“Wait. You are too? You’re a…”
“A Gay. Yep, we aren’t all sequins and feathers, well not all the time. We are normal men and women. We go to work, we pay our bills, we look after our friends and families. To be honest mate you probably know dozens of us but have no idea.’ I wasn’t offended, this wasn’t my first rodeo and it was clear that he just didn’t have the right words to express himself, so I continued. ‘So, what is a guy like you doing in a place like this?”
Ted looked at me for a moment before his eyes misted up and he started weeping. I grabbed him a napkin and let him compose himself before he spoke.
“I don’t know what to do, I don’t know who to ask for help.” He sniffled.
“How about you tell me from the start what’s on your mind and then we can go from there.”
“Okay,’ he took a few breaths to calm himself and another swallow of beer, ‘I just found out on the weekend that my son is a poofter…”
“Gay, your son is gay. Please don’t use that word as some people find it offensive.” I corrected him.
“Okay, my son said he was g-gay. I’ve never met a poo... a gay before. I don’t now what to do! I’ve always known how to fix things, but I don’t know what to do or how to fix this.” It was all said in a rush, as if a dam had broken or he was starting to panic.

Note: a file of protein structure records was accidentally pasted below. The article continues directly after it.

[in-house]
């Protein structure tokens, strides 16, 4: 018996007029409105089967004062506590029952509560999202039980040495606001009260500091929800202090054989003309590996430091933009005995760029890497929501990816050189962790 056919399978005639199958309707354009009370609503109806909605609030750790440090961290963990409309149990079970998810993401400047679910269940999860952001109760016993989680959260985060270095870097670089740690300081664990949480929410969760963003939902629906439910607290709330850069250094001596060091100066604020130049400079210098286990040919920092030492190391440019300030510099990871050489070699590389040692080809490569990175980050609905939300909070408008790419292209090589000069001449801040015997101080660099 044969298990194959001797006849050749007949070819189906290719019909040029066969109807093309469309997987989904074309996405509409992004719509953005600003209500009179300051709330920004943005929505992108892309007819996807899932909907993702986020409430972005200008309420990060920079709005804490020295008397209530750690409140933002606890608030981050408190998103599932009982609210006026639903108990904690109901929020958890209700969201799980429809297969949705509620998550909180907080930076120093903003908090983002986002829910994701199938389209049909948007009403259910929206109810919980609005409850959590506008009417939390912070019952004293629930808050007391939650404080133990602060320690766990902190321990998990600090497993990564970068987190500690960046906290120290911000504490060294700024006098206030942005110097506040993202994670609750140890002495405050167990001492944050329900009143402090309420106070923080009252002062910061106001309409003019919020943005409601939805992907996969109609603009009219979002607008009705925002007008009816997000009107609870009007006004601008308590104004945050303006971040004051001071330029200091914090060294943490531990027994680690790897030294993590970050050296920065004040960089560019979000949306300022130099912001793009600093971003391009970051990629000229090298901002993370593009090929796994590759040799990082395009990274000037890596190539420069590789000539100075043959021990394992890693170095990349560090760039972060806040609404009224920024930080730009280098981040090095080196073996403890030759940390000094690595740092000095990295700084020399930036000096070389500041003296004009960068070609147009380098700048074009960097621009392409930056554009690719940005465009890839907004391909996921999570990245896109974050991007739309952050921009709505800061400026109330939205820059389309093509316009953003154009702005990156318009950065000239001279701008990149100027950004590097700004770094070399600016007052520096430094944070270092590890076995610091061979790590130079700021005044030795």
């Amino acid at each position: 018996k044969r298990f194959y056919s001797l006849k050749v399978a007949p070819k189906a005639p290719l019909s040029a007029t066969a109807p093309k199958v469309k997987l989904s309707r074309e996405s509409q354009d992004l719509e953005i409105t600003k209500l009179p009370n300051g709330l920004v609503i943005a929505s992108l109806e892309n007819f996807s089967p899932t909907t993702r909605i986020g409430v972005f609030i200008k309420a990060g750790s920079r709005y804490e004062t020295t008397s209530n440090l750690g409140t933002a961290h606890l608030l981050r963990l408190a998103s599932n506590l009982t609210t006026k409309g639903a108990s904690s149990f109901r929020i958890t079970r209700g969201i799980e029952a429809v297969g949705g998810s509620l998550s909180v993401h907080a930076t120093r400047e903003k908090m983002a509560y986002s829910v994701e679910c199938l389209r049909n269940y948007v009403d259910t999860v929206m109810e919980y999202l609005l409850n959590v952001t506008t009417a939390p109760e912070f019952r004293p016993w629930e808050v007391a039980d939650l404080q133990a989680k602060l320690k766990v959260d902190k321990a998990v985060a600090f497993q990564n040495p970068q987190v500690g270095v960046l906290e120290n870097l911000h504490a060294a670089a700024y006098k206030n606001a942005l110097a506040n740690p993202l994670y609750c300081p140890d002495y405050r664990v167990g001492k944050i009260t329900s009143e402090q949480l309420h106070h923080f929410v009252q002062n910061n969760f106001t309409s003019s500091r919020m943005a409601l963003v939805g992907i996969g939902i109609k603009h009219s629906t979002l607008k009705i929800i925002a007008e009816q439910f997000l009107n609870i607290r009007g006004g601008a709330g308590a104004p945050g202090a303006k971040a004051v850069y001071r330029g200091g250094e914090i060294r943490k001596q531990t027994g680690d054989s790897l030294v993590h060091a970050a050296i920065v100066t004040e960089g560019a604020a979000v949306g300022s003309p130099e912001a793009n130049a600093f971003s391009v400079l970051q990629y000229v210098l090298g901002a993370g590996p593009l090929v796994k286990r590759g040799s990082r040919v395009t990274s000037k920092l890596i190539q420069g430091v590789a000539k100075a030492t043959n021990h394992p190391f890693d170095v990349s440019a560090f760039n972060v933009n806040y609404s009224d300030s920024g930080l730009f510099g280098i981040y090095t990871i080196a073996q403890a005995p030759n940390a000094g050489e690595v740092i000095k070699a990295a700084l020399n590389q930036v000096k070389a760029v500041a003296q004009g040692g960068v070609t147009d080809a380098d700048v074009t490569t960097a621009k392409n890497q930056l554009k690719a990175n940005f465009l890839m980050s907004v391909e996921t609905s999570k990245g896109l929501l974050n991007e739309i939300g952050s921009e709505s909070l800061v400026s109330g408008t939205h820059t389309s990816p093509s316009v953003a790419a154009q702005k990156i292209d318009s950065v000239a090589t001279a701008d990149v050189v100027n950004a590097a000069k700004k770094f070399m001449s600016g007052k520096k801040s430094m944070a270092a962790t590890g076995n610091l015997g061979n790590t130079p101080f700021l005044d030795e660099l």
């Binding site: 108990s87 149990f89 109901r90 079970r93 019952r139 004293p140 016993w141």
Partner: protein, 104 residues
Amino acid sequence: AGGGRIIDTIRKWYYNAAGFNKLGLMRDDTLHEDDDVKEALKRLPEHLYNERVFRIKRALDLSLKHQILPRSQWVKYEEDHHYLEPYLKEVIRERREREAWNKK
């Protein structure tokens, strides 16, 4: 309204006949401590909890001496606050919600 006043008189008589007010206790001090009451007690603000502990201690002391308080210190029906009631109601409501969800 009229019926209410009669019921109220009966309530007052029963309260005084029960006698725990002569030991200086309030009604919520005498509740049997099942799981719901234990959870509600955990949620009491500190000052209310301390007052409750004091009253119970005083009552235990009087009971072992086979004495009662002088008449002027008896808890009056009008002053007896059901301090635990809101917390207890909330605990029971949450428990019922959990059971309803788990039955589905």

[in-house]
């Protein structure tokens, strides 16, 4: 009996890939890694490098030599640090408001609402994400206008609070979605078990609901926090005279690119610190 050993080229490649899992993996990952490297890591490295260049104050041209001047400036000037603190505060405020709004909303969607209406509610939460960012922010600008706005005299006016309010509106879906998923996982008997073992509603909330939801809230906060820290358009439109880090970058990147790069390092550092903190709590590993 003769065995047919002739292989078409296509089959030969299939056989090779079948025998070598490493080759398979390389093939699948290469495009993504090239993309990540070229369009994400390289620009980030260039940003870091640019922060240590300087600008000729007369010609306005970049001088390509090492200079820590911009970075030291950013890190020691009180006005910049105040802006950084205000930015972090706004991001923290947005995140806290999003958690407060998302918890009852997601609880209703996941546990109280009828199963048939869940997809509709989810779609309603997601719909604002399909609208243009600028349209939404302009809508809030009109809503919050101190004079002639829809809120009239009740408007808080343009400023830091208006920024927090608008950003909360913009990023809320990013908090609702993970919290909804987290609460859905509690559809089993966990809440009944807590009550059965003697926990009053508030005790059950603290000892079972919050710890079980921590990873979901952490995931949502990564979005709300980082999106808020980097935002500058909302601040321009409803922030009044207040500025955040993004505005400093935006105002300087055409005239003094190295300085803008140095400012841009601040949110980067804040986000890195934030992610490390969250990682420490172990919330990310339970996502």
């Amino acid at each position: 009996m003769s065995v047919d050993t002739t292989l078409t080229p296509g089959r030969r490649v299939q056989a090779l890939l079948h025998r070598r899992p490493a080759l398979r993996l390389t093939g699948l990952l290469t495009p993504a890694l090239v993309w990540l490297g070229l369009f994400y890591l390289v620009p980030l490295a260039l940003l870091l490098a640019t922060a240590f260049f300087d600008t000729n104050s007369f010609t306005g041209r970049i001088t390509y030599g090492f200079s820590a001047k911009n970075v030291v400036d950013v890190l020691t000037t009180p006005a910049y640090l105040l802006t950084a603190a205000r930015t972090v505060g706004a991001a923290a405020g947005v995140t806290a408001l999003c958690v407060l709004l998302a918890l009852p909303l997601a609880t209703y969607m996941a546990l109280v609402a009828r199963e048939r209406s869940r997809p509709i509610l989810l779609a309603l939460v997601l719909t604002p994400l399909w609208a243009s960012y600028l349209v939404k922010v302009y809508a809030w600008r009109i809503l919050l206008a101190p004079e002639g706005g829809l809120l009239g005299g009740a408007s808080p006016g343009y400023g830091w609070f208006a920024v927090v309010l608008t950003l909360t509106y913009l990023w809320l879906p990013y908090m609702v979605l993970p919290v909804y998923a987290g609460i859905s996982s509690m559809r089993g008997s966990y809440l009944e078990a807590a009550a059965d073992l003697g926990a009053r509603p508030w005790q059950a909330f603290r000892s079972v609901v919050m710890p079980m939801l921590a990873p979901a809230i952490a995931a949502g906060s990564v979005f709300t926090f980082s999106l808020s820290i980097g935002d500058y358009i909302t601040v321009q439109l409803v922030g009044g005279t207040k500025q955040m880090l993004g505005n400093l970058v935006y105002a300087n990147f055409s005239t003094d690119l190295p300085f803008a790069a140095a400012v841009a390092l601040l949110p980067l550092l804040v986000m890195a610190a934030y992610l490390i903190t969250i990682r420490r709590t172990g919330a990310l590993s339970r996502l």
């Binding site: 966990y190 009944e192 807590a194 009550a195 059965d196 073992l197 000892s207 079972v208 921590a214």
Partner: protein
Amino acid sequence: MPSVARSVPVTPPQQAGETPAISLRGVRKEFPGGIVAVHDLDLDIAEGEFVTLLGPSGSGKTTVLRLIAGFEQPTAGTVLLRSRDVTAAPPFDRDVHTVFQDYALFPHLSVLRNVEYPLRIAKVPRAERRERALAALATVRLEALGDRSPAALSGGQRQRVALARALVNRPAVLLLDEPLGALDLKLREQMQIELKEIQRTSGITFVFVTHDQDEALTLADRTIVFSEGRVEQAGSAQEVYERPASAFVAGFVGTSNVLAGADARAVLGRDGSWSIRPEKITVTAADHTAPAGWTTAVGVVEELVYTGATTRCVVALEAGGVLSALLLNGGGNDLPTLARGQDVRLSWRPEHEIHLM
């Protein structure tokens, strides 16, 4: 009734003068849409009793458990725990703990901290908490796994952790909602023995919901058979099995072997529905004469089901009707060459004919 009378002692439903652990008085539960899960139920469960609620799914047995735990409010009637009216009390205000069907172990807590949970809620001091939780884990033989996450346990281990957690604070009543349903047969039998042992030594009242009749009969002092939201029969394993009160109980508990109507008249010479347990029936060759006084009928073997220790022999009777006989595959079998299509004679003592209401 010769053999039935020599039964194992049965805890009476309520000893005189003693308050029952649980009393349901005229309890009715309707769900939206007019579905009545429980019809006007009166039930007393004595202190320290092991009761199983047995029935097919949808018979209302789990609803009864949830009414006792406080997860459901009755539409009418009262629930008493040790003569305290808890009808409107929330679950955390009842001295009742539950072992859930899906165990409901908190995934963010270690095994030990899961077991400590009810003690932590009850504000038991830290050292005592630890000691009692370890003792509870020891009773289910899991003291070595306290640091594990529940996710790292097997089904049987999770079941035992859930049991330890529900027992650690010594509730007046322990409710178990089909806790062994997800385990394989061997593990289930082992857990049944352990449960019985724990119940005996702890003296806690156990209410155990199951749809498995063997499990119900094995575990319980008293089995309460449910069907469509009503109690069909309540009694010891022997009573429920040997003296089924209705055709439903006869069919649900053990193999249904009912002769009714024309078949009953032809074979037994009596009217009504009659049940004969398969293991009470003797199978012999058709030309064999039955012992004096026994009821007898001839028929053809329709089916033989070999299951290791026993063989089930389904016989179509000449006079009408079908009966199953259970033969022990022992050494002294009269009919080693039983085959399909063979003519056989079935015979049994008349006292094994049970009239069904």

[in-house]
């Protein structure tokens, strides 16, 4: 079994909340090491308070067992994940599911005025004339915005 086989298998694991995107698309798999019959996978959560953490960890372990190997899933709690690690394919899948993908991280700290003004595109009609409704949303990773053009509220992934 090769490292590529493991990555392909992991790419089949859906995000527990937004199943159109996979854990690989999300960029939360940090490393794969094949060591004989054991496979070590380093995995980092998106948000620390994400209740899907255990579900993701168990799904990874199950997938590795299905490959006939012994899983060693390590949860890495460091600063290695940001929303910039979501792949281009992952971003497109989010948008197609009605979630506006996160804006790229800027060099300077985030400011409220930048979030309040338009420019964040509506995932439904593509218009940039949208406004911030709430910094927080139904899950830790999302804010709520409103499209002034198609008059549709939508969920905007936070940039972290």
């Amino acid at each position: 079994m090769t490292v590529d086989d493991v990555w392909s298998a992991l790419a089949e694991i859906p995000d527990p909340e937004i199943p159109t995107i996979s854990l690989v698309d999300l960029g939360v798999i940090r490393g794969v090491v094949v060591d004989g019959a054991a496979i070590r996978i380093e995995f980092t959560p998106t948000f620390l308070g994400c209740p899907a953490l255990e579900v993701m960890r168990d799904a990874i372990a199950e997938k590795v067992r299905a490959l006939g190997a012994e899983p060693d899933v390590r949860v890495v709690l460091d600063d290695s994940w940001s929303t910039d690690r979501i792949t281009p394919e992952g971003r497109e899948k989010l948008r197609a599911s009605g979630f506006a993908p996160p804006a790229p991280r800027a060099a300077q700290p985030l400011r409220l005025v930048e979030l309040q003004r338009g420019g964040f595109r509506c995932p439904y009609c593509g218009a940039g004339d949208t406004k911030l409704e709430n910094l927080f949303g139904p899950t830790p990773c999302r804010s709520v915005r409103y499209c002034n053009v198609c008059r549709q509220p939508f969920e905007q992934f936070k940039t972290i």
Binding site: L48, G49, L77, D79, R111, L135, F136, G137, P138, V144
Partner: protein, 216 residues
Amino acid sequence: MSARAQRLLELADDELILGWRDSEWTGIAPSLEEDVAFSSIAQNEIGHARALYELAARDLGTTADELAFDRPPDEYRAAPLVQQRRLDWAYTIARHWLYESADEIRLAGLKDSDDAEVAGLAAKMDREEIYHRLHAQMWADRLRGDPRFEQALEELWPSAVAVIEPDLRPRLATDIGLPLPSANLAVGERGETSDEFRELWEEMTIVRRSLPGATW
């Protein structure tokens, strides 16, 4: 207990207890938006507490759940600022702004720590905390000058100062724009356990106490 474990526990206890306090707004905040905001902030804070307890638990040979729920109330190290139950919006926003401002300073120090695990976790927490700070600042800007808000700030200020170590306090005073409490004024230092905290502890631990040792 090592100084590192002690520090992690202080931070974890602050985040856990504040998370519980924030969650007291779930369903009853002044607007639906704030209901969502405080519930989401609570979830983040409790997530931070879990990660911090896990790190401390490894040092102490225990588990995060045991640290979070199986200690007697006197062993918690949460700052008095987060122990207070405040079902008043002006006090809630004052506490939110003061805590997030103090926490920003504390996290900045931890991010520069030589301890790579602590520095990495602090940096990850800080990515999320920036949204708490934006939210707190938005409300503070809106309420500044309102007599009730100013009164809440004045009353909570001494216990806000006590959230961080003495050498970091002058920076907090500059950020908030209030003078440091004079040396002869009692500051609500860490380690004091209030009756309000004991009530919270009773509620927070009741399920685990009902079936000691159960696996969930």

“Well, okay. Let’s break that down. How many blokes do you know? How many have you met or worked with or played footy with?” I started as I continued polishing glassware.
“How many? I don’t know, dozens, maybe more, a hundred.” He said vaguely.
“Statistically one in every ten of them are gay.’ He looked at me blankly trying to wrap his mind around the fact and trying to process who they could be. ‘You never knew because at the end of the day it wasn’t important. Well, it was to them, but it wasn’t necessary for you to know. Maybe they thought you wouldn’t be okay with it?
Now to the second point, there is nothing you can do because there is nothing to do. There is nothing to fix. It’s not about you, it’s about him, it’s about your son’s life, not yours. Do you get what I am saying there?” I kept my tone soft and sympathetic because I didn’t want it to sound like an attack or a lecture.
“But what am I meant to tell our family? Our mates? It’s not right, what am I going to do?” Ted whined gloomily.